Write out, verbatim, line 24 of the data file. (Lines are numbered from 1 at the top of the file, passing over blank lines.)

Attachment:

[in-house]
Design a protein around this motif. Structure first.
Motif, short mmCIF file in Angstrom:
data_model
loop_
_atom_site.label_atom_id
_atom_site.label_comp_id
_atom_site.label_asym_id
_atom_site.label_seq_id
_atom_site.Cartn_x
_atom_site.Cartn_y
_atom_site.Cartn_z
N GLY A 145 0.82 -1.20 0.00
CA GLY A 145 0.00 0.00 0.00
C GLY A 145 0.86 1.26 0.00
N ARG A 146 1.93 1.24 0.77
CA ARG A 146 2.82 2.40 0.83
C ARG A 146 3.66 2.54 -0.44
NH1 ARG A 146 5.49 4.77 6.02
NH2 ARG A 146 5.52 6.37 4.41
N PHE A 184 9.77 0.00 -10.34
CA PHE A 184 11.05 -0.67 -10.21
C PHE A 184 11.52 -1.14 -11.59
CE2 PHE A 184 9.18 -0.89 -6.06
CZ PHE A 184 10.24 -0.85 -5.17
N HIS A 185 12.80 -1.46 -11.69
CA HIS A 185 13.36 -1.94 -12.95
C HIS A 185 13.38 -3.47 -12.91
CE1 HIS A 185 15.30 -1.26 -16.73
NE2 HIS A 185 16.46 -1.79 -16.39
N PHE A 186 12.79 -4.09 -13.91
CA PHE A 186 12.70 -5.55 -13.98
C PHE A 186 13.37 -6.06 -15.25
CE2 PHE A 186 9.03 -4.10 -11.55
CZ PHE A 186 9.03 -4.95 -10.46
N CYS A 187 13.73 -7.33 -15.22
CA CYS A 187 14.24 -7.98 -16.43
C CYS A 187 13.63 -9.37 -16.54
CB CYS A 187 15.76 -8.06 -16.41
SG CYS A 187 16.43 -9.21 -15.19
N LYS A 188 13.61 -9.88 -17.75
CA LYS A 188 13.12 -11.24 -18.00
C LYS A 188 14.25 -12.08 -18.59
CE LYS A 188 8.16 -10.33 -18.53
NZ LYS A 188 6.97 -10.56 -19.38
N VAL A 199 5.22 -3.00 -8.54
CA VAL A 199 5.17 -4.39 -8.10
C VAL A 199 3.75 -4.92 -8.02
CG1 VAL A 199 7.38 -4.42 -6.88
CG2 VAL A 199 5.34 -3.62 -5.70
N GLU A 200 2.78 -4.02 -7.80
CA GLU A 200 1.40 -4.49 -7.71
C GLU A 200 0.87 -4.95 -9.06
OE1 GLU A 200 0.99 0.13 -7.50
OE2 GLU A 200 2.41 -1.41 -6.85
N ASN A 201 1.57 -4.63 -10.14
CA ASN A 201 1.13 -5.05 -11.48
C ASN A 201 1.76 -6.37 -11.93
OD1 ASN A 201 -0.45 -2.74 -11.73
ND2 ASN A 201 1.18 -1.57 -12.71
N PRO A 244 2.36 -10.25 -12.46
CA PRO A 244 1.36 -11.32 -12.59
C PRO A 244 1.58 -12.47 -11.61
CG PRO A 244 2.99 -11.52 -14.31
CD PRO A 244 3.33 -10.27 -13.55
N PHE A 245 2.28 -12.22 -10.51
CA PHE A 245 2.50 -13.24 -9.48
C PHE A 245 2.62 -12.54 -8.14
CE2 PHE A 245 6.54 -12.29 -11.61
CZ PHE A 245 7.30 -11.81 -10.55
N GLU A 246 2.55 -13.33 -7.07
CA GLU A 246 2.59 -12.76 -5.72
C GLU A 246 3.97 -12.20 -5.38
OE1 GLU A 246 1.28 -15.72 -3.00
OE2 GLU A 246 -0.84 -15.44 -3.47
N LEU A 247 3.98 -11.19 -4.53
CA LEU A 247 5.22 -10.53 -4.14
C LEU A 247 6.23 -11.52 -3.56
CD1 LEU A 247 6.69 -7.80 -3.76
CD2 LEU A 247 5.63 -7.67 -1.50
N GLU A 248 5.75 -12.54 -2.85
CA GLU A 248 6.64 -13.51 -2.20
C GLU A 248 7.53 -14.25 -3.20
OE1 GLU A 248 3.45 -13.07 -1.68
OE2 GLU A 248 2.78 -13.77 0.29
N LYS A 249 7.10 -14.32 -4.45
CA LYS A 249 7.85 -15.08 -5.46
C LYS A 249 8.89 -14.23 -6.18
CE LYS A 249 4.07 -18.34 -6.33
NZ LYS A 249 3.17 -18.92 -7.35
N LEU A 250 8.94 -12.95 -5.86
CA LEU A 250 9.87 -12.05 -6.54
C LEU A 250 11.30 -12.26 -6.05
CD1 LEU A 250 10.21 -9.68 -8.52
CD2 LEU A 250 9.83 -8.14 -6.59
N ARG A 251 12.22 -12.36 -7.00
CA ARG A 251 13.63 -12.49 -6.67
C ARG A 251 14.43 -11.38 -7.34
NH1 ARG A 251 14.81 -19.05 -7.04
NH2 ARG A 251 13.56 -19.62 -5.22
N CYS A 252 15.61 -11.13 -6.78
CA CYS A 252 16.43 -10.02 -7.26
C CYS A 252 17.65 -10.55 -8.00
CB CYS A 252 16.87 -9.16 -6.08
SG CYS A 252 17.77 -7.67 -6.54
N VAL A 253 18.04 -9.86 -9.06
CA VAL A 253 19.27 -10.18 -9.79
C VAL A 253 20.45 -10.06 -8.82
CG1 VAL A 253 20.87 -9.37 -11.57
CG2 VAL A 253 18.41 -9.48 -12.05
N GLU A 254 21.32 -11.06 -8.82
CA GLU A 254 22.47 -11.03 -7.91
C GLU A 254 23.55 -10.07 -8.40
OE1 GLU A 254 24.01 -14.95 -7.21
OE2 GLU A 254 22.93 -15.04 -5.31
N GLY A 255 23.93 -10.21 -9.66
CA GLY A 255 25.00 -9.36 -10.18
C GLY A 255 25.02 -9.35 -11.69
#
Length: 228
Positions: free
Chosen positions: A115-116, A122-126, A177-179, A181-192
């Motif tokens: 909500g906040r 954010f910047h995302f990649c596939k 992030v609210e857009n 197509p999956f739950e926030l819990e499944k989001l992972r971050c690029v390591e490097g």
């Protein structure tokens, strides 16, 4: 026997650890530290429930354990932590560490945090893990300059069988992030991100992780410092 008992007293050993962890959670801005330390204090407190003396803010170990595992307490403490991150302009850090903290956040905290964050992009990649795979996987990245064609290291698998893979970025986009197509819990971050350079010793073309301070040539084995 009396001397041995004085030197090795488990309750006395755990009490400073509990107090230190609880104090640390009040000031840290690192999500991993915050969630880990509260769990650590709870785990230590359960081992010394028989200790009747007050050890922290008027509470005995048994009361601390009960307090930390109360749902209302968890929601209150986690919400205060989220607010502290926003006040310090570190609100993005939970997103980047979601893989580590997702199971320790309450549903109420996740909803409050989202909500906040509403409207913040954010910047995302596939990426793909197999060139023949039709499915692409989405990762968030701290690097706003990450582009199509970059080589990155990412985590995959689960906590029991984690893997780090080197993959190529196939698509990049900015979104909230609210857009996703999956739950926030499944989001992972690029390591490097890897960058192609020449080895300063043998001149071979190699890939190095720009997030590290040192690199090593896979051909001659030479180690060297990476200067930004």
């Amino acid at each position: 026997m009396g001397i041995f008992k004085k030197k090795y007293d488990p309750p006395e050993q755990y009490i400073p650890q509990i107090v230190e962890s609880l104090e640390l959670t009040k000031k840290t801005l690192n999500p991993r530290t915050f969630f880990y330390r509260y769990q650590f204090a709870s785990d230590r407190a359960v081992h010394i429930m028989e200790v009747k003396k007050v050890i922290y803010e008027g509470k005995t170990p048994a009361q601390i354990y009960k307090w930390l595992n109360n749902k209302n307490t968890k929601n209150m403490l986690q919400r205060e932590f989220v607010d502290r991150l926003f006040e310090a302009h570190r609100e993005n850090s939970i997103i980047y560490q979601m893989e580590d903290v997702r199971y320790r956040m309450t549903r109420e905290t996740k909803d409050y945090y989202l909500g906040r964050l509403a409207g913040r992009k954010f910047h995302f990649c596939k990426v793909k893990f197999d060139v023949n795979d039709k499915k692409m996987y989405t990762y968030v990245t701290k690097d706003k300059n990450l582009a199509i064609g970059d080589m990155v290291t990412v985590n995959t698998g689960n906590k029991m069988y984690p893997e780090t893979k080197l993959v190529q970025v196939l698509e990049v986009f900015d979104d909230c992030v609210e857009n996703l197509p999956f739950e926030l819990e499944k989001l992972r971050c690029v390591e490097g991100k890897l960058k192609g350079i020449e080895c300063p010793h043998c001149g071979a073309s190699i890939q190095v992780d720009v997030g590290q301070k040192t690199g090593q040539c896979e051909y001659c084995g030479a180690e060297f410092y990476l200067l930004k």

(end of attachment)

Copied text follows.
CE2 PHE A 184 9.18 -0.89 -6.06